In September 1945 the fate of Adolf Hitler was a complete mystery. He had simply disappeared, and had been missing for four months. Hugh Trevor-Roper, an intelligence officer, was given the task of solving the mystery. His brilliant piece of detective work not only proved finally that Hitler had killed himself in Berlin, but also produced one of ...
In September 1945 the fate of Adolf Hitler was a complete mystery. He had simply disappeared, and had been missing for four months. Hugh Trevor-Roper, an intelligence officer, was given the task of solving the mystery. His brilliant piece of detective work not only proved finally that Hitler had killed himself in Berlin, but also produced one of the most fascinating history books ever written. The Last Days of Hitler tells the extraordinary story of those last days of the Thousand Year Reich in the Berlin Bunker. Besieged in the shattered capital, but still dominating the remains of his court, Hitler reiterated the original alternative of Nazism: either total victory or annihilation. This book is the record of that carefully prepared, ceremonious finale to a terrible chapter of history. 'This is an incomparable book, by far the best written on any aspect of the second German war: a book sound in scholarship, brilliant in its presentation . . . No words of praise are too strong' A. J. P. Taylor, " New Statesman " 'A masterpiece' "The Times " 'A brilliant study' "Guardian"
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This book, first published in 1947, was the most famous work of Hugh Trevor-Roper (1914 - 2003), the British historian. Acclaimed as a masterpiece by many historians at the time and later, it remains, in my view, along with 'Hitler - A Study in Tyranny' by Alan Bullock and 'The Rise and Fall of the Third Reich' by William L. Shirer, a scholarly account of the Nazi era and in this case of the last days of Hitler in his Berlin bunker, based on interviews the author conducted with people who were there at the time.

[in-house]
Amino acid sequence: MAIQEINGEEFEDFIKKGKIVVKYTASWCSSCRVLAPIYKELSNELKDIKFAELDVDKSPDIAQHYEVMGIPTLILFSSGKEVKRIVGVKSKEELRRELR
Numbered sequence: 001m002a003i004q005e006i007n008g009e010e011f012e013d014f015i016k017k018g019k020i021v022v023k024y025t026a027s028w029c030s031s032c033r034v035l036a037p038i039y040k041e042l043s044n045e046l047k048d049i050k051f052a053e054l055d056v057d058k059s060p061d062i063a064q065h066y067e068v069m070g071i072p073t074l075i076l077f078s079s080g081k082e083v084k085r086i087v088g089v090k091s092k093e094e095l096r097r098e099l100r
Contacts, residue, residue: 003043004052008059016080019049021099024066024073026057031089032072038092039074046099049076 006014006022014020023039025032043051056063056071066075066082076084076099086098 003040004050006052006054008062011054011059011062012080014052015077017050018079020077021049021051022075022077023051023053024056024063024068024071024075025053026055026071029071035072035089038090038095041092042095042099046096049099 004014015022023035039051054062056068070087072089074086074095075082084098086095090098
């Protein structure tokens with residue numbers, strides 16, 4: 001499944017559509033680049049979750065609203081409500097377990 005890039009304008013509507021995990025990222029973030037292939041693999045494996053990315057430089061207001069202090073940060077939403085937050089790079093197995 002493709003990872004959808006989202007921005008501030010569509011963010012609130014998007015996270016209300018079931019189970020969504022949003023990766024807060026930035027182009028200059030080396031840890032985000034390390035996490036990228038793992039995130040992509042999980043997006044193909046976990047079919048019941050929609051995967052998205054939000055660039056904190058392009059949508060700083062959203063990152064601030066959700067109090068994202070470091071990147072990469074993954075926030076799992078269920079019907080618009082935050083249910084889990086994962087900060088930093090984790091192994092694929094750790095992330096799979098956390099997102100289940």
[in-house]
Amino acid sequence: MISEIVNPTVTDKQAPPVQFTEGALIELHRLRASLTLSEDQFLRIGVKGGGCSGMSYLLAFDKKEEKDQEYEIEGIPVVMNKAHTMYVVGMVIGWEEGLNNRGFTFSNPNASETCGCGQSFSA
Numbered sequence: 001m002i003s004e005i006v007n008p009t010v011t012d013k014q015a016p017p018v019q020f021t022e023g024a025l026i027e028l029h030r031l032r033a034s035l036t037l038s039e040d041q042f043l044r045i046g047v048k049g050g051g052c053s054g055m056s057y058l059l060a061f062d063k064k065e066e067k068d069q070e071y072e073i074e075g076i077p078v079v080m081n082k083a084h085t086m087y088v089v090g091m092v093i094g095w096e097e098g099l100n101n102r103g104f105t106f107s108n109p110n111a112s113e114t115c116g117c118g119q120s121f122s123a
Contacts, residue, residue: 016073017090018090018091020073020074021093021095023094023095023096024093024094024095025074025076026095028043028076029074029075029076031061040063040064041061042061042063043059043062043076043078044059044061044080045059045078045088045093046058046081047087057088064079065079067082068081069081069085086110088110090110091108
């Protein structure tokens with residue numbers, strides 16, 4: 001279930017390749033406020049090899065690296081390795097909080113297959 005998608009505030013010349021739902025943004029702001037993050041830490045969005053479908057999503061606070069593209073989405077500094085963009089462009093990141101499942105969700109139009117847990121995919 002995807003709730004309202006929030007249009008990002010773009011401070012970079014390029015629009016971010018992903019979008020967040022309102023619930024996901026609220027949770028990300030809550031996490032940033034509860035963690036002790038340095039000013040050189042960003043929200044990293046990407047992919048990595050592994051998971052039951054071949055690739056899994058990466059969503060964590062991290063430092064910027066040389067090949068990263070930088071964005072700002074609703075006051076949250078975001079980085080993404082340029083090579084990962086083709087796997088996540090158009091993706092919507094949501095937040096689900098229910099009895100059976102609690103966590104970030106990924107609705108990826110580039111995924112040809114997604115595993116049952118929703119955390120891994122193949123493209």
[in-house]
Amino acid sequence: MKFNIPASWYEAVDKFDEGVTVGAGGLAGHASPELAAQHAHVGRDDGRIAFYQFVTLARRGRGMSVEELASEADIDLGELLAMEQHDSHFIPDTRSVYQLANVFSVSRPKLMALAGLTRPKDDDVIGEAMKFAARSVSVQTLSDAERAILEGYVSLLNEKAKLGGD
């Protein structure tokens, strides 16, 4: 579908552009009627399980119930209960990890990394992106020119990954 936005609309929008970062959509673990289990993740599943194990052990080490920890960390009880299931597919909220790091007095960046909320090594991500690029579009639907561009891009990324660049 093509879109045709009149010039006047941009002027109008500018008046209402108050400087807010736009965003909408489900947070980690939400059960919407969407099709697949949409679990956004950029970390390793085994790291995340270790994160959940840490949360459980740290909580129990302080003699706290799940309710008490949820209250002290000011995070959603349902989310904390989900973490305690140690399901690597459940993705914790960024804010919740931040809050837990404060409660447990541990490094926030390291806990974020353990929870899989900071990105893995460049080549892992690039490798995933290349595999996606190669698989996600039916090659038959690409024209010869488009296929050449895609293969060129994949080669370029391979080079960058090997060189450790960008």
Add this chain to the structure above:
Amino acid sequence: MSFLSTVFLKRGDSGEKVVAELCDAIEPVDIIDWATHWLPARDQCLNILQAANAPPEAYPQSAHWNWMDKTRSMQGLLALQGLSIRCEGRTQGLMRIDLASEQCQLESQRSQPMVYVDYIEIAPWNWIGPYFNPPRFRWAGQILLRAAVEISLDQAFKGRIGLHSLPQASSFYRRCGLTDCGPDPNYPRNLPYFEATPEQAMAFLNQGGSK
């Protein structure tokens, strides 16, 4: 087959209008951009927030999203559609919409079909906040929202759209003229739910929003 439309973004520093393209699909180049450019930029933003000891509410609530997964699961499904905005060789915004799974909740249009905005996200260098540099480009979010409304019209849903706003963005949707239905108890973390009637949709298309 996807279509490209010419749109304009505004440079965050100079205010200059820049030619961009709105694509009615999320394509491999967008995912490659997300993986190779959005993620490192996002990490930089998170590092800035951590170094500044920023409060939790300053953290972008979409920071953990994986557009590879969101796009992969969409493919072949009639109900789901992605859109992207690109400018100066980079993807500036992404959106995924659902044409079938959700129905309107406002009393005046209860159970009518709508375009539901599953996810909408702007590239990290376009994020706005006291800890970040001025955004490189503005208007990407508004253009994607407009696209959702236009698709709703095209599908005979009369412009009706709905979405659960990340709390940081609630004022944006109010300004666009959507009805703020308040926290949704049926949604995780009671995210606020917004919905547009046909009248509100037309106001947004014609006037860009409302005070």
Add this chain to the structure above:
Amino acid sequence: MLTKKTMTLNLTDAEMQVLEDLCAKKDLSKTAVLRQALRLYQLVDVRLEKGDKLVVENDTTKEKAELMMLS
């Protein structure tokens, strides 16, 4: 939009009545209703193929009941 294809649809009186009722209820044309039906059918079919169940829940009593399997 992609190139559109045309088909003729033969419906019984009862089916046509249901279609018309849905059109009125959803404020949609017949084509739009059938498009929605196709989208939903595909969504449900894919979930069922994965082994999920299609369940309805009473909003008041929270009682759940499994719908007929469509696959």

Of course, a lot more information has bas come to light about what went on in Hitler's bunker since the last revised edition of the book was published. Trevor-Roper's reputation, too, suffered when he authenticated the so-called Hitler diaries in 1983, However, this book, written in the author's distinctive style and with a subtle sense of humour, remains a classic. The epilogue, in particular, in which he sums up his findings and spells out his views on dictators in general and their shortcomings, is as relevant today as it was then. It reminds us of what went on then and of what is going on under dicatorships today.
Aug 9, 2007
Famous Propaganda Piece
This guy was assigned to tell a story that would be acceptable to the power that be - logic and facts notwithstanding. The story is important in that it is the story still believed by most.
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